Sometimes when formulating a LP or MIP, you run into the scenario where it is better to have several small occurrences of a bad event (or good event) rather than a single, larger occurrence. Consider a basic machine scheduling problem of scheduling *n* tasks on a machine. Each task *i* = 1 .. *n* has a different due date *d _{i}*, completion date

*t*, and number of days late

_{i}*l*. It is possible that the users will consider a solution with ten tasks each one day late to be equivalent to a solution with one task ten days late. But they may prefer the first solution because it is a more balanced approach, spreading the lateness evenly among several tasks rather than heavily targeting one unlucky task.

_{i}If we were to model this problem with the objective

min *c*∑_{i}*l _{i}* where

*l*=

_{i}*max(t*

_{i}– d_{i}, 0)then the two solutions above would have the same cost because they are each 10 “task days” short (since the cost of the first solution is *c* * (1 day * 10 tasks) = 10 * *c* and the cost of the second solution is *c* * 10 days * 1 task = 10 * *c*). Instead, we could model the objective using a piecewise linear function where the cost increases significantly as the number of days late increases.

(*Humorous note: Wikipedia defines a piecewise linear function as “a piecewise-defined function whose pieces are linear”. That’s kinda like defining an abelian group as a group that equals its abelianization. See the end of the post for an Abstract Algebra joke that still makes me laugh 12 years later.*)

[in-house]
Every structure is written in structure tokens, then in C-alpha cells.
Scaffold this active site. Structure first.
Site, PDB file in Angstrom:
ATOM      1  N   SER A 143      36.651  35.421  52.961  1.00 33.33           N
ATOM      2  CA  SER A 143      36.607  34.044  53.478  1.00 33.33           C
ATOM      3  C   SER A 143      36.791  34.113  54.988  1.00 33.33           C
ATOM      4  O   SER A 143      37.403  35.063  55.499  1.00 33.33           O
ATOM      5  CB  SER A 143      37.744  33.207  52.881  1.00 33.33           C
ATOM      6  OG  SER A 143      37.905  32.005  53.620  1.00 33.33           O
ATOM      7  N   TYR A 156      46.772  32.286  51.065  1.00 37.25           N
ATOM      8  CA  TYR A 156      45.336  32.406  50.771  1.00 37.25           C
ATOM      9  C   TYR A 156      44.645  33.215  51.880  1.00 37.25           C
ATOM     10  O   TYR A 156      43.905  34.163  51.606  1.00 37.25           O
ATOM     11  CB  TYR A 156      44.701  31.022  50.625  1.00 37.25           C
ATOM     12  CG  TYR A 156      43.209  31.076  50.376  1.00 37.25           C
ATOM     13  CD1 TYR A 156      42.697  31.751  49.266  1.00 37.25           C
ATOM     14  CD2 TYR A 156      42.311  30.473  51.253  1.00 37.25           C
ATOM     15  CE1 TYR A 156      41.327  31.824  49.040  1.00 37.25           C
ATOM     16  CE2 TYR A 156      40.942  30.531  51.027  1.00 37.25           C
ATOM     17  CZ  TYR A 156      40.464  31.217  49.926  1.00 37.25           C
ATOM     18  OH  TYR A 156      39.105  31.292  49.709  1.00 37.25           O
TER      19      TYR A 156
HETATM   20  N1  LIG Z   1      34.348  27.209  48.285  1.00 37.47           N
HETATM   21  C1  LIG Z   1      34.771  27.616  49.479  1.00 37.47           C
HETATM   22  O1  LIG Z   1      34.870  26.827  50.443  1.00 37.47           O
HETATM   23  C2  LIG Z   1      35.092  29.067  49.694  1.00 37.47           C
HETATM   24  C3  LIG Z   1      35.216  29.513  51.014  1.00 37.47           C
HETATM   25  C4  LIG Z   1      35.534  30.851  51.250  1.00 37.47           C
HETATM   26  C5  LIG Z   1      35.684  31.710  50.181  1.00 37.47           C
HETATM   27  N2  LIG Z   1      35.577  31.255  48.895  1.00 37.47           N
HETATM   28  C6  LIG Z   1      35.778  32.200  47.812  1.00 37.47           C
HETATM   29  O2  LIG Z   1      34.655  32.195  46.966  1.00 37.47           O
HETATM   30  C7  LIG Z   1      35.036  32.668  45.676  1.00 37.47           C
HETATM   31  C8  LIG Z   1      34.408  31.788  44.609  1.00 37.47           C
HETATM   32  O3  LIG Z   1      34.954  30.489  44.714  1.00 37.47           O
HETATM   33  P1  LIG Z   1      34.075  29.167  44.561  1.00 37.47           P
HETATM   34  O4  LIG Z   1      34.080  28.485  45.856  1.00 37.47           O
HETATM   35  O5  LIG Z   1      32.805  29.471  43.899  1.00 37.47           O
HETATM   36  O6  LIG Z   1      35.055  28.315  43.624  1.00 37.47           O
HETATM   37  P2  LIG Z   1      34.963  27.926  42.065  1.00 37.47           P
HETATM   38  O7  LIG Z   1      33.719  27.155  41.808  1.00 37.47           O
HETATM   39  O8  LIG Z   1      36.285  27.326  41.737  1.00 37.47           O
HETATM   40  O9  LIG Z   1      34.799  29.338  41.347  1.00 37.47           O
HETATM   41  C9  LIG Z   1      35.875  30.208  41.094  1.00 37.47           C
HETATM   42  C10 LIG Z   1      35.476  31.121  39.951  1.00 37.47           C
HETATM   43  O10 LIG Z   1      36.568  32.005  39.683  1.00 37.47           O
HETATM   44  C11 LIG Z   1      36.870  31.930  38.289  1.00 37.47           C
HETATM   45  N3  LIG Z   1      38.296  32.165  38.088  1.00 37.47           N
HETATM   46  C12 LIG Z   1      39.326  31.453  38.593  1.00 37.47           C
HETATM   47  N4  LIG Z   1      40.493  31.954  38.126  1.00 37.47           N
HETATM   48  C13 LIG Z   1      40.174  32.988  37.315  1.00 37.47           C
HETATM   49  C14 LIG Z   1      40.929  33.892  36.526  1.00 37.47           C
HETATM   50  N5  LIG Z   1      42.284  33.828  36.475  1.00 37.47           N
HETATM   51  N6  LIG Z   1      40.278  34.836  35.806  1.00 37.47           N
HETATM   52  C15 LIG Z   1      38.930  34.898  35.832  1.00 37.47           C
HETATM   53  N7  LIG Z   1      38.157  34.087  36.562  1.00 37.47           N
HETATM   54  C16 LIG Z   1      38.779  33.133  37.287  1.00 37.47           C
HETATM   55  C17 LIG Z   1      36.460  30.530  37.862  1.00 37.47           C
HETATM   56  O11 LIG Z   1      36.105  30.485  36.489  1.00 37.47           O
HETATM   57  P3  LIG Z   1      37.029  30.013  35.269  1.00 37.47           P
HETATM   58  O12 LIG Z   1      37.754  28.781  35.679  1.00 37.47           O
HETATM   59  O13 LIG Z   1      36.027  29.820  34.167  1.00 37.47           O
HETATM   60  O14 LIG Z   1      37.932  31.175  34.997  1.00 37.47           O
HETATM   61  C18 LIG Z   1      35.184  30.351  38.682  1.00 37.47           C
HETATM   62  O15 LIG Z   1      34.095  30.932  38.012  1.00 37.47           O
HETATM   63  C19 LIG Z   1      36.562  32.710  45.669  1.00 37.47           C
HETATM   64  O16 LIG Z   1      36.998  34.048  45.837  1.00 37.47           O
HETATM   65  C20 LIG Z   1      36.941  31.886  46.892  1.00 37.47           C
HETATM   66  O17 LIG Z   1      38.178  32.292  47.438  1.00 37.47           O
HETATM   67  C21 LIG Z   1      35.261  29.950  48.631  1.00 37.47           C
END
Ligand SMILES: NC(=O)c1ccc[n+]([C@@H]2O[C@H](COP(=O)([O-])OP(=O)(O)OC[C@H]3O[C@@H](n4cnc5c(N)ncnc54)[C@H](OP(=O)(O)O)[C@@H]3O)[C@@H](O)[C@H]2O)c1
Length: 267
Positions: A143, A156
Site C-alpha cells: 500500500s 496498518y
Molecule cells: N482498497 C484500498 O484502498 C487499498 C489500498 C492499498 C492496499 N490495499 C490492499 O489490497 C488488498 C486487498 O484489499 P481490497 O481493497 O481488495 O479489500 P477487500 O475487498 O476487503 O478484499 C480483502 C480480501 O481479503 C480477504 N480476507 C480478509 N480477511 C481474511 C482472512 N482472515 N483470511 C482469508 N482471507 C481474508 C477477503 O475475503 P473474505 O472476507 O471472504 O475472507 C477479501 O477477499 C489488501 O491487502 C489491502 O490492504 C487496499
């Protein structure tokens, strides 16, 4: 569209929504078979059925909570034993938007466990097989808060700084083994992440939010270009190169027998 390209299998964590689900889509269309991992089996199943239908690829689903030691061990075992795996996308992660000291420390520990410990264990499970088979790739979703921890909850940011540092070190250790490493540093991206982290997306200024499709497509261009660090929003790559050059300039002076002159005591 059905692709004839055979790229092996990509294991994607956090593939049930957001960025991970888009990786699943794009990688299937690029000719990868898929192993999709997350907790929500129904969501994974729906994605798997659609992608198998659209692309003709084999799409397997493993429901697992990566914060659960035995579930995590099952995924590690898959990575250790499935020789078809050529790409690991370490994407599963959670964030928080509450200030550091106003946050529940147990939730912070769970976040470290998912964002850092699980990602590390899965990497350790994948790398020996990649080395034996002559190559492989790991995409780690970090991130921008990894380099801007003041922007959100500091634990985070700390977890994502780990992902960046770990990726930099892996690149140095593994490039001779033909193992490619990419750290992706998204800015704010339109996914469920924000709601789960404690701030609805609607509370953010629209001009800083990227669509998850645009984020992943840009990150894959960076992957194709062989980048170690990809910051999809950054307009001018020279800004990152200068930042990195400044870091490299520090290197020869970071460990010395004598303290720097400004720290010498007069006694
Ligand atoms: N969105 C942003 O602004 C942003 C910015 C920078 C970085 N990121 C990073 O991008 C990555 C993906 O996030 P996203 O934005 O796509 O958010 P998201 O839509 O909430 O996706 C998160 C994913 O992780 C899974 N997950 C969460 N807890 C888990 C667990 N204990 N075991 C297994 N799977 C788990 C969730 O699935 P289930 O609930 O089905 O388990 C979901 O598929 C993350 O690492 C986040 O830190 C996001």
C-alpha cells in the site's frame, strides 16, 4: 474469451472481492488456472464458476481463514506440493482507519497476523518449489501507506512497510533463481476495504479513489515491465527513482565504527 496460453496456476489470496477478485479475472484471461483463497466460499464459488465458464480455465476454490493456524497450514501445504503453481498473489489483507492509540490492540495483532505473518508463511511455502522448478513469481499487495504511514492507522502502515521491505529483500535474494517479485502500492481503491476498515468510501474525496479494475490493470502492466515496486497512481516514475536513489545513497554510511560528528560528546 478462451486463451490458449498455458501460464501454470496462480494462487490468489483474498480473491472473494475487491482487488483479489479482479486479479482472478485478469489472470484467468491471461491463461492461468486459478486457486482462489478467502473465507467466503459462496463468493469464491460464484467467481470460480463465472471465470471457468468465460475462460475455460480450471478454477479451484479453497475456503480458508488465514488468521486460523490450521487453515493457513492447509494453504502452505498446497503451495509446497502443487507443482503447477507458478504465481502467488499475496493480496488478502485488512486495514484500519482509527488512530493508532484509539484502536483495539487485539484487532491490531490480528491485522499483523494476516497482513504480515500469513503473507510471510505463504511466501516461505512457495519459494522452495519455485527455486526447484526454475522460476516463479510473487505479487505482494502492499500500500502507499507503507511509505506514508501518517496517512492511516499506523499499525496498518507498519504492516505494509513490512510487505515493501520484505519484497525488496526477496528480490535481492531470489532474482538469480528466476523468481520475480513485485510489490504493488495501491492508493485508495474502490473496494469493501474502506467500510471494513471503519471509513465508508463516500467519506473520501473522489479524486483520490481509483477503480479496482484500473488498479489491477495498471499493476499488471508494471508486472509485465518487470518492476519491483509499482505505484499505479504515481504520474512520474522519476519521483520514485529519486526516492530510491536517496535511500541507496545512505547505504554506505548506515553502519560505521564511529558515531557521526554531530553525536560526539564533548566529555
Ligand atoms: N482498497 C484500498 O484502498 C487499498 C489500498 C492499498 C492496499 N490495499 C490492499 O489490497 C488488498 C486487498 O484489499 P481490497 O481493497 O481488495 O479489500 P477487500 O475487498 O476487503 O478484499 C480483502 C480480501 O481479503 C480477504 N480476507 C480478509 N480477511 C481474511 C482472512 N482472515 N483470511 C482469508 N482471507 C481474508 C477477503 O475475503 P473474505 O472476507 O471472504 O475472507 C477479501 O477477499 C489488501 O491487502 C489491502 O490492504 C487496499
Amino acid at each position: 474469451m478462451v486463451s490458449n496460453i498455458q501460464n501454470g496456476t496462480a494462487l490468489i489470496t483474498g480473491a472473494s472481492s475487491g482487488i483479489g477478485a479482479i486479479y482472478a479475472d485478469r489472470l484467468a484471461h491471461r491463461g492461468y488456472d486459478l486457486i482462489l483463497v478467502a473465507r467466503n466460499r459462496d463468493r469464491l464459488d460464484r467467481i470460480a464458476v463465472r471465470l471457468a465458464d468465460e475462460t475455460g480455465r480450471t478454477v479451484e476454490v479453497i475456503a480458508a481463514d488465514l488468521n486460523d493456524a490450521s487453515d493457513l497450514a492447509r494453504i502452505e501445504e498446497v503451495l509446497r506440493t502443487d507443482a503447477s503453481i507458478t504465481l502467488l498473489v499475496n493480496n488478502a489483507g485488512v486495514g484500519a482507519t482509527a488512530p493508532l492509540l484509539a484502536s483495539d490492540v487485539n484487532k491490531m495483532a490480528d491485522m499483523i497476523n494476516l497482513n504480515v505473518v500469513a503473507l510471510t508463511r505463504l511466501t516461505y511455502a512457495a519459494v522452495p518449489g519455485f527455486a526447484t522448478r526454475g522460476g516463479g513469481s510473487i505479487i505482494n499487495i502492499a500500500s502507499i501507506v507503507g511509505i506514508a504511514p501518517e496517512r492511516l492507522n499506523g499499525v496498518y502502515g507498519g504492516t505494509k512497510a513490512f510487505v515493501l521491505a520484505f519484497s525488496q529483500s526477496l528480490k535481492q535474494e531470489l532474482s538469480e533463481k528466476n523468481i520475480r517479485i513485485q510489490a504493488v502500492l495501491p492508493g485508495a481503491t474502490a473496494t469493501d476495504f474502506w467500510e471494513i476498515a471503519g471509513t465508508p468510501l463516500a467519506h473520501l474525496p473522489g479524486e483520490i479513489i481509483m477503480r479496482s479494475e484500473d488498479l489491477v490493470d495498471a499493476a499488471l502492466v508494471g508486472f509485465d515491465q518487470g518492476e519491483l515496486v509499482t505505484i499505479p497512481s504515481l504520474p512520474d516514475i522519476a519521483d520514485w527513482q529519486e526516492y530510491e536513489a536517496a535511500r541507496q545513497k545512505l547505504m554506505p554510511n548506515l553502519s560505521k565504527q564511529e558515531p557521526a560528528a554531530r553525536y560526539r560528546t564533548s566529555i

Let’s say that if a task is just one day late, there will be a small cost per day late (*c _{1}*). If a task is two or three days late, there will be a slightly larger cost per day late (

*c*). If a task is four or five days late, the cost per day late will really increase (

_{2}*c*) and if the task is more than five days late, the cost skyrockets (

_{3}*c*). This results is a piecewise linear cost of lateness function that looks similar to this graph. Now the cost of ten tasks each a day late vs. the cost of one task that is ten days late is

_{4}*c _{1}* * 10 tasks * 1 day vs.

*c** 1 task * 10 days

_{4}10 *

*c*vs. 10 *

_{1}*c*

_{4}where

*c*>

_{4}*c*.

_{1}The CPLEX API has Piecewise Linear functionality (at least in versions 12.3 and 12.4) which I have tried and found works fine in general. It’s also fairly easy to write your own functionality using integer variables to indicate which category of lateness (0-1 day, 2-3 days, 4-5 days, 5+ days) each task falls into and multiplying these variables by the appropriate costs. I initially tried the CPLEX functionality for a large production model I was developing but I ran into edge cases that were behaving oddly so I did write my own constraints and did not see a performance difference, even with the largest datasets I used for testing.

Warning: As promised, Abstract Algebra joke ahead.

What is purple and commutes?

An abelian grape.

*Thanks to my undergraduate Abstract Algebra teacher Dr. Todd Ashby for this joke. It is the only reason I still remember what abelian means.*

I just poked around with piecewiseLinear() in CPLEX and noticed that it always converts the model to some form of MILP, even if integer variables/SOSes are not needed. (Details at http://orinanobworld.blogspot.com/2012/07/piecewise-linear-functions-in-cplex.html.) Not sure if that’s a concern.

Very interesting. In one of the models where I tested the CPLEX piecewise linear functionality and ran into weird problems, the variable is indeed linear. I did try to debug the problem but in the end I found it was easier to write my own constraints than to wade through all the various variables and constraints CPLEX was creating. Thanks for that information Paul.

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